Following oral arguments before a federal appeals court on Wednesday, it’s likely that the director of “Crude” will have to turn over some outtakes from his documentary to Chevron, but Joseph Berlinger expressed hope that the oil giant’s effort to obtain the footage will be greatly limited in scope.
The case has garnered the attention of First Amendment advocates, Hollywood guilds (Daily Variety, June 24), other filmmakers and, most recently, even former Soviet leader Mikhail Gorbachev, who have either signed petitions or have filed briefs in support of Berlinger.
In May, U.S. District Court Judge Lewis Kaplan ordered Berlinger to turn over some 600 hours of outtakes of his 2009 doc to Chevron, which argues that the footage is needed in connection with a long legal saga in Ecuador, where a class action of residents claims that the company bears responsibility for environmental damage and health harms from years of oil drilling in a rainforest region.
Berlinger appealed his case to the Second Circuit Court of Appeals in New York, which raised the possibility of limiting the amount of footage that he would be required to turn over.
“It felt like the court was sympathetic to our core concerns, but who knows, ultimately, what they are going to say,” Berlinger said in an interview afterward. “I am hopeful with my fingers crossed.”
Chevron has argued that the footage will reinforce its contention that lawyers for the class action plaintiffs have manipulated the legal system for their own benefit, and that it could reveal questionable conduct on the part of government officials there.
Berlinger said that he never expected that he would get a total reversal of Kaplan’s order so that he would not have to turn over any footage, only that the subpoena should be greatly limited in scope. He said he recognizes that there are times when a journalist could be made to turn over material “if basic standards are being met,” but to not challenge Kaplan’s decision would leave a precedent that could inhibit the work of documentary filmmakers and investigative reporters.
At the hearing, there was much discussion of just such a case, the Second Circuit’s 1999 decision in Gonzales v. NBC, which held that journalists had a “qualified privilege” to protect even non-confidential material, but that litigants could get the material if they showed that it was “likely relevant” to their case and not “reasonably obtainable” from other available sources. As it turned out, one of the appellate judges in Berlinger’s case, Pierre N. Leval, was among the panel that heard the Gonzales case and wrote the decision.
Berlinger’s lead attorney, Maura Wogan of Frankfurt Kurnit, noted that as much as 50% of what Berlinger filmed in his docu on Chevron’s legal problems in Ecuador consists of public judicial proceedings. In other words, it was available elsewhere.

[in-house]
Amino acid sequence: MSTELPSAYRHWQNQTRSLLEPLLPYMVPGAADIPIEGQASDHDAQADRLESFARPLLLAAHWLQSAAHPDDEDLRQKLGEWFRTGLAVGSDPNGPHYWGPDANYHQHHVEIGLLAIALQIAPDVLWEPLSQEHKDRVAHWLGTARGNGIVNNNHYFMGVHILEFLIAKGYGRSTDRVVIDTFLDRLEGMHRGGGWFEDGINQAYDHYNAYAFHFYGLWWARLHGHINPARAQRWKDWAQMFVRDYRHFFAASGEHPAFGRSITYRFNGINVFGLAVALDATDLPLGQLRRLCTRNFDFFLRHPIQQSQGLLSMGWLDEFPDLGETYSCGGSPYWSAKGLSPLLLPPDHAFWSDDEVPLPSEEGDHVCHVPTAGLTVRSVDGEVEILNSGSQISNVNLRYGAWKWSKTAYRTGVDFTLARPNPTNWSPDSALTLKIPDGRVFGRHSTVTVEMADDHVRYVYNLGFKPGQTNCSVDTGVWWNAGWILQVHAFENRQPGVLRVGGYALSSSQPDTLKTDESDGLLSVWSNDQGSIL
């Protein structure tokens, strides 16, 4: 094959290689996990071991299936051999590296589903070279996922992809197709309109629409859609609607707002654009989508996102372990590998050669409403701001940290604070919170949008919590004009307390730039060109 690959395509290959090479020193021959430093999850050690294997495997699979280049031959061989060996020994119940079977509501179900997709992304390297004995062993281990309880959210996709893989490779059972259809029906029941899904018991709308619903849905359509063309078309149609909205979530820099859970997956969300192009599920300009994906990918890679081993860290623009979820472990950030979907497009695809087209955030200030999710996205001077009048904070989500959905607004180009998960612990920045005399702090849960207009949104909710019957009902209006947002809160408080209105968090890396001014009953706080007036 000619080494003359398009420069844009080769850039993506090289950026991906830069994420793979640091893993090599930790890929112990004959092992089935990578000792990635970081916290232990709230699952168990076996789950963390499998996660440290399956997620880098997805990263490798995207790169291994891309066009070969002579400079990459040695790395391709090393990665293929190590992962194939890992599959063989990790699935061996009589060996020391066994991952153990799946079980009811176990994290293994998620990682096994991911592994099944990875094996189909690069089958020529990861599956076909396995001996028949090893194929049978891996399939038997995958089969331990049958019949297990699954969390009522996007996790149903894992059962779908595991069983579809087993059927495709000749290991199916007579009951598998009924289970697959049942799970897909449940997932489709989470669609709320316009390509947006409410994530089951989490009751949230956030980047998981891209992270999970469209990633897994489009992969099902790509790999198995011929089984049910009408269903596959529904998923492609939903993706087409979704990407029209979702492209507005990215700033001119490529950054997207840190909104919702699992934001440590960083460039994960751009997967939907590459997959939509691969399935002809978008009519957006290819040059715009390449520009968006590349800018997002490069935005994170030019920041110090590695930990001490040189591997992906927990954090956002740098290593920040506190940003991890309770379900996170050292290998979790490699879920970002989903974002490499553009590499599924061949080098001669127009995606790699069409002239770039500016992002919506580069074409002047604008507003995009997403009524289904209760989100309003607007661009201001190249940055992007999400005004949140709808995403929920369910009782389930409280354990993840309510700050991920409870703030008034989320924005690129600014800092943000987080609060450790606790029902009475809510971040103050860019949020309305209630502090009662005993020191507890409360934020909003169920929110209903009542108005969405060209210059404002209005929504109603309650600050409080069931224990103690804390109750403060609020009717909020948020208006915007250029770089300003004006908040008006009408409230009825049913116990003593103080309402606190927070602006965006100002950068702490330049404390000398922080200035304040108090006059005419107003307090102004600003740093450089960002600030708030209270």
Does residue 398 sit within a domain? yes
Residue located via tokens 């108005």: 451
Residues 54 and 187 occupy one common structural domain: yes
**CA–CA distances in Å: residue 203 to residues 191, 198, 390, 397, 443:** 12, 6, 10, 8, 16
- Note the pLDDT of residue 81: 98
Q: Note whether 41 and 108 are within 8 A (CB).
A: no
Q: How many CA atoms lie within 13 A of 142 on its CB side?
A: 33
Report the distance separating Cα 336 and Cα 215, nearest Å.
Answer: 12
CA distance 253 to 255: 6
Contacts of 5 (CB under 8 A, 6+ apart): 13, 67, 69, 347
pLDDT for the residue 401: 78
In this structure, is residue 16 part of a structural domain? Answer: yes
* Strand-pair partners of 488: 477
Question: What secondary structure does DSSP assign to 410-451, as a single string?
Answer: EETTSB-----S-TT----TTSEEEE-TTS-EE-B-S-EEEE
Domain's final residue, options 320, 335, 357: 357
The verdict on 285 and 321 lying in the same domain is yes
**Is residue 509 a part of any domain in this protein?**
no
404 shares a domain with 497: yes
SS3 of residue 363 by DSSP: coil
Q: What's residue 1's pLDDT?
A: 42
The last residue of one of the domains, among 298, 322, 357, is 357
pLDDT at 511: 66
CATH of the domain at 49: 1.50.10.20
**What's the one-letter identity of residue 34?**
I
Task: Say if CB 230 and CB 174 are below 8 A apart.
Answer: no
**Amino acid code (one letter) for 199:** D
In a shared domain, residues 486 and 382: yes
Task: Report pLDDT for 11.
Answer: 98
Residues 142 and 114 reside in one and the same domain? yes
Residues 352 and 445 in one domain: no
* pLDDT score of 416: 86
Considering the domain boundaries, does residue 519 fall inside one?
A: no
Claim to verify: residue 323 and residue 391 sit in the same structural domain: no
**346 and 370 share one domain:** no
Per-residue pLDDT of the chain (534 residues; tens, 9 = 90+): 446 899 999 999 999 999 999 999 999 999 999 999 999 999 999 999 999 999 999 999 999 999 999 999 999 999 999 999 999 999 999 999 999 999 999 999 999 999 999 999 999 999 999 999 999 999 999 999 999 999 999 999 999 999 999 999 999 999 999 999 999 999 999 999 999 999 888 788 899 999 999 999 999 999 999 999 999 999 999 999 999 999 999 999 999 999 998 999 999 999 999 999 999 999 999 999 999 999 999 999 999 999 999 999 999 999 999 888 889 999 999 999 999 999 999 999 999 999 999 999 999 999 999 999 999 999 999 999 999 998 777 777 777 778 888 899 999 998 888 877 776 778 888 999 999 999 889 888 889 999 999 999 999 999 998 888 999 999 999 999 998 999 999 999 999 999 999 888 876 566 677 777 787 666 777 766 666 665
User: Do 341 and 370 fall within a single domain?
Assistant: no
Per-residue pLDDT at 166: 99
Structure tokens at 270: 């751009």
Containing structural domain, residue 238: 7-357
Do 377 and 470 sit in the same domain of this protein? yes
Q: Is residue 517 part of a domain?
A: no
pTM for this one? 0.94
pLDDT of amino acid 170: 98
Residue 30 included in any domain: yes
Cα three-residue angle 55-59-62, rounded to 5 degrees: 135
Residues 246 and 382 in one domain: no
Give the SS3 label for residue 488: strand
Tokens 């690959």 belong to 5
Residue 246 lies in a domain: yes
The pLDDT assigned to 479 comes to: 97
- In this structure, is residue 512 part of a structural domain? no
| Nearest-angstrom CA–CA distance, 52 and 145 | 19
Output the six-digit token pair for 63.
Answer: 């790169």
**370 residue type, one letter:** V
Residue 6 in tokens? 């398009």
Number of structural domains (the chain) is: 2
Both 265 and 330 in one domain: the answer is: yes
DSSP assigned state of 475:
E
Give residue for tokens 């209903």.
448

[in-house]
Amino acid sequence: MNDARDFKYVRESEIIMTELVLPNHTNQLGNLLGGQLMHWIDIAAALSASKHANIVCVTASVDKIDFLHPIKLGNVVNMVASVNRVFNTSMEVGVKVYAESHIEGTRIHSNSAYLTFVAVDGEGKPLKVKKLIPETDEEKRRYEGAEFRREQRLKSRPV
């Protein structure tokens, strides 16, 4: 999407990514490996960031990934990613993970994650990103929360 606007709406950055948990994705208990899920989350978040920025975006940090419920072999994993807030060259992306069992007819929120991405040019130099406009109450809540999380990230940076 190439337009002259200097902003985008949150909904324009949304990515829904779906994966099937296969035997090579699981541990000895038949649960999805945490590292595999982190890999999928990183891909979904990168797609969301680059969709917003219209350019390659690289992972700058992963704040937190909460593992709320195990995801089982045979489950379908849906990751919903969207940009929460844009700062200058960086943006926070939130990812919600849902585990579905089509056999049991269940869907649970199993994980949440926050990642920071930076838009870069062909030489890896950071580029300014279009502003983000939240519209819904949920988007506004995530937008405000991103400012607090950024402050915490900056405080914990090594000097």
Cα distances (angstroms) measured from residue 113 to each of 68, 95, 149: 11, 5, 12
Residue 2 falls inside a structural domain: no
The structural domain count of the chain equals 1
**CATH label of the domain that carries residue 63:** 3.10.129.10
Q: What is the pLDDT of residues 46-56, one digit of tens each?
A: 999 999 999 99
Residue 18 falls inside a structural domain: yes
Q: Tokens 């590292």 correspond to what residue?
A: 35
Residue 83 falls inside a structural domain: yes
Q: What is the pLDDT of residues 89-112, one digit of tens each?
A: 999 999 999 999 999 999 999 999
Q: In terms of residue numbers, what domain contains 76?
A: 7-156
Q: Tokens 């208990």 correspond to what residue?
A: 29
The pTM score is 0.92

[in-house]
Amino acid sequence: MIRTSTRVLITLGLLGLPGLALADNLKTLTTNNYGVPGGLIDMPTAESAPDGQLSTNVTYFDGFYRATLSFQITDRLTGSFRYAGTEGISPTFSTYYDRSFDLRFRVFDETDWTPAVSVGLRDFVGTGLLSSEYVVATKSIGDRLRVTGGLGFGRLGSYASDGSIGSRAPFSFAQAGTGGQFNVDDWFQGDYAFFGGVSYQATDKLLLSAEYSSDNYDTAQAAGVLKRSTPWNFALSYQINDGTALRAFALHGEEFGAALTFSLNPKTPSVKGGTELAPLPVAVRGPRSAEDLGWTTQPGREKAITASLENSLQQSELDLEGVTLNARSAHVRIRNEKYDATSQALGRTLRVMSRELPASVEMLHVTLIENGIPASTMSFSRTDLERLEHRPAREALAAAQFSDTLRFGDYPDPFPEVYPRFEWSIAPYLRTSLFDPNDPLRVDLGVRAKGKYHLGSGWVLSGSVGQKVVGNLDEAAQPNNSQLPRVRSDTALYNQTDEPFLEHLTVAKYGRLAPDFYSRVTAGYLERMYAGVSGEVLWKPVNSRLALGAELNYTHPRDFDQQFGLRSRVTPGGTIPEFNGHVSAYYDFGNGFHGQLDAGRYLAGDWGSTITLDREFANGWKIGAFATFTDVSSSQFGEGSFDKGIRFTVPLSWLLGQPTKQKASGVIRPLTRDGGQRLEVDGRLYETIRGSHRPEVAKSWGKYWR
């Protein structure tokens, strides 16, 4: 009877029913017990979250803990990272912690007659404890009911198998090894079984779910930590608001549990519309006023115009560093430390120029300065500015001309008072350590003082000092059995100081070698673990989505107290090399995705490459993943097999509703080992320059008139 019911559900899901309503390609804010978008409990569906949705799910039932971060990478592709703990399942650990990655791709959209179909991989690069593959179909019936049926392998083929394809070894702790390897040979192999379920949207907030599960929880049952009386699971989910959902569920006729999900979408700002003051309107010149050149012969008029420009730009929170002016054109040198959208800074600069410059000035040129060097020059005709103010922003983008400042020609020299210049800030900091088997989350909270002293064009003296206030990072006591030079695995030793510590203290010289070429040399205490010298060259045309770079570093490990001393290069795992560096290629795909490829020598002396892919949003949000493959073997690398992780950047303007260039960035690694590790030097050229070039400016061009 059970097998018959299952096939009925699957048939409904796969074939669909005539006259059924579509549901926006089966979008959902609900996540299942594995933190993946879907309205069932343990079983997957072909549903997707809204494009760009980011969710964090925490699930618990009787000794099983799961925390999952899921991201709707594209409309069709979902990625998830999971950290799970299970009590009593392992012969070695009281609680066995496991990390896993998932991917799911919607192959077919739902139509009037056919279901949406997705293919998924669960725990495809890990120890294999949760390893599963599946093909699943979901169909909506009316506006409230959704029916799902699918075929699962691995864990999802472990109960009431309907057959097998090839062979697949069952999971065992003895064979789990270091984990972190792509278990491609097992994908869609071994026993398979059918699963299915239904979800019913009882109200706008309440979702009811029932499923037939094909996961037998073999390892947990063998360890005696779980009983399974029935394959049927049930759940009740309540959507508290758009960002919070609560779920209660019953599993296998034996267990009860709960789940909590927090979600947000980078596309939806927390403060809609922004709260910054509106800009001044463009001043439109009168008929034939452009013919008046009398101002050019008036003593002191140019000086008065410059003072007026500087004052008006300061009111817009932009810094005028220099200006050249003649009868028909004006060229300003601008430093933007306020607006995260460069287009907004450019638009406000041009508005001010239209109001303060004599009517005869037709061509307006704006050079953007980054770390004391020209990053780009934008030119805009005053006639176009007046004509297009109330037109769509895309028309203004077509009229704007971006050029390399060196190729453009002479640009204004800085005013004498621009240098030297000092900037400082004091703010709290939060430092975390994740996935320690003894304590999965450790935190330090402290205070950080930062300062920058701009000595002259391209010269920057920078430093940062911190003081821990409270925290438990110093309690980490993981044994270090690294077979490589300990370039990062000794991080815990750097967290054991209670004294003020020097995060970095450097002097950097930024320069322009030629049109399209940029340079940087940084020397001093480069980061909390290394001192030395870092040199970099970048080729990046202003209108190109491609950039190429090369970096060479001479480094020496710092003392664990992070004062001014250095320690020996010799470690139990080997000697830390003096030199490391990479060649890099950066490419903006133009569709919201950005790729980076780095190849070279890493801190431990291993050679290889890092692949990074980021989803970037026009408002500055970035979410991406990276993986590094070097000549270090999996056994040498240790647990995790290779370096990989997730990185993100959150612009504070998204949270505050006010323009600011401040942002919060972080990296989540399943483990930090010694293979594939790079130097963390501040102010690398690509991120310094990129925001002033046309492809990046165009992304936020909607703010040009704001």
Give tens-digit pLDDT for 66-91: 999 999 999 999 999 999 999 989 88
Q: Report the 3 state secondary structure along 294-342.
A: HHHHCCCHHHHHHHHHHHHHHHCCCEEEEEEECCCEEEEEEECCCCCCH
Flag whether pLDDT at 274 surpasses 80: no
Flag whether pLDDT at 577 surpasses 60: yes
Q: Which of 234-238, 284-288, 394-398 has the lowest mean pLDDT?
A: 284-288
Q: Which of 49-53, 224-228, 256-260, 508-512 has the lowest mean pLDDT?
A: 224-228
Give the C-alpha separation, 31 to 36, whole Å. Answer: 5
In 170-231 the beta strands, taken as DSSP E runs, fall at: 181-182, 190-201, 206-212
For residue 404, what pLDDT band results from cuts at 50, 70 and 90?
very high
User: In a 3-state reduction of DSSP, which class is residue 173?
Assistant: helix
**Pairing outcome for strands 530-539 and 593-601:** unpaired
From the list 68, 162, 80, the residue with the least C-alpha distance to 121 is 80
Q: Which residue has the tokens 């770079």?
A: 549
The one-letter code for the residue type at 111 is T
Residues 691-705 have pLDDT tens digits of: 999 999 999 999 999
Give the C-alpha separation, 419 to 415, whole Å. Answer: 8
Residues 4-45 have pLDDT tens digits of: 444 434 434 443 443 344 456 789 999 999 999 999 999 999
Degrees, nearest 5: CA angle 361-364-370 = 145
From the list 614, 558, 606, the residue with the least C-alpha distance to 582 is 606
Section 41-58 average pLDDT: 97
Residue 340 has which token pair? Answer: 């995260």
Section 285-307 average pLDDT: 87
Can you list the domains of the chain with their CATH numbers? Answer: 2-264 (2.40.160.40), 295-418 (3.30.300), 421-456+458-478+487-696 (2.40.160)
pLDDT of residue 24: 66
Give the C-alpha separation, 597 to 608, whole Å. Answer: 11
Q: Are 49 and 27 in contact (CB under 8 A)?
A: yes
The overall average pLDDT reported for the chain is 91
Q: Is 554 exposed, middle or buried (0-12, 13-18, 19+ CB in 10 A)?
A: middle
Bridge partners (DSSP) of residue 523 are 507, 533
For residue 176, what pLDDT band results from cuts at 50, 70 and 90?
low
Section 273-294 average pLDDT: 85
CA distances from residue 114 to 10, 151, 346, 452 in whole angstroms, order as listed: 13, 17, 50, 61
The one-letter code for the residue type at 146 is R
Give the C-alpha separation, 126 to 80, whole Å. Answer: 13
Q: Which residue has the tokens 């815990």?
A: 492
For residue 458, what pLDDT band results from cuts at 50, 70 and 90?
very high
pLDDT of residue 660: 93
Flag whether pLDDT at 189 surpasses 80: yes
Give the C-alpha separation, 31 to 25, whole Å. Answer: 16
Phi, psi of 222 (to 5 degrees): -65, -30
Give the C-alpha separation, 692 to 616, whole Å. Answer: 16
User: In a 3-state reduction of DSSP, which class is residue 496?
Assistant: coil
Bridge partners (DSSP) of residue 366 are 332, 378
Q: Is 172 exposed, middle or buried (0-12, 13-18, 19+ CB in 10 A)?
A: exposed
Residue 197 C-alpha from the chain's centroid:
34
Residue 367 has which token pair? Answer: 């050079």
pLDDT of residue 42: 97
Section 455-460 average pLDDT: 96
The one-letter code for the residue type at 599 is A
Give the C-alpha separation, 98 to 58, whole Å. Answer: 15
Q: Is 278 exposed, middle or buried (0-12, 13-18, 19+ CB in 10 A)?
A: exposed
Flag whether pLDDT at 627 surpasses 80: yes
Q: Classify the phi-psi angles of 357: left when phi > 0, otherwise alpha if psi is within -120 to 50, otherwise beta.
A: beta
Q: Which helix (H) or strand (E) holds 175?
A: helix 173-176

At one point during the hearing, Judge Barrington D. Parker asked Randy Mastro of Gibson Dunn & Crutcher, representing Chevron, what would be wrong if Kaplan assigned a special master to recommend to the judge which of the outtakes should be given to Chevron.
“Time is of the essence,” Mastro said, adding that a lengthy process could irreparably harm Chevron’s effort to be treated fairly by the courts in Ecuador.
Wogan also said that they wanted some kind of a protective order to ensure that Chevron only uses the footage in its litigation, and not as part of PR efforts.
The judges indicated that they would issue an opinion soon.
Michael C. Donaldson, an attorney who filed a friend-of-the-court brief in support of Berlinger on behalf of the Intl. Documentary Assn. and almost two dozen other groups and individuals, said that the appellate judges “indicated pretty clearly that 600 hours is way too broad but there are still other items that might be relevant to Chevron’s case that they couldn’t get anywhere else.”
Berlinger’s docu has won numerous awards and garnered positive reviews. He has long defended the film as a balanced portrait of both sides in the case.
Among Chevron’s defenders in the case is the Dole Food Co., which filed a brief in which it argued that it also has been the victim of a “growing trend” whereby U.S. lawyers “partner with lawyers in foreign jurisdictions to recruit plaintiffs and manufacture evidence in support of fraudulent lawsuits aimed at U.S. companies.”
Also filing a brief was the National Assn. of Criminal Defense Lawyers, which noted that two oil company executives, Rodrigo Perez Pallares and Ricardo Reis Veiga, face criminal charges for their role in a prior effort to settle litigation in Ecuador, and that the footage will be relevant to their defense.
Chevron spokesman Kent Robertson said in a statement, “We believe this is a reasonable request — and a necessary one for anyone who cares about justice.”
(The Associated Press contributed to this report.)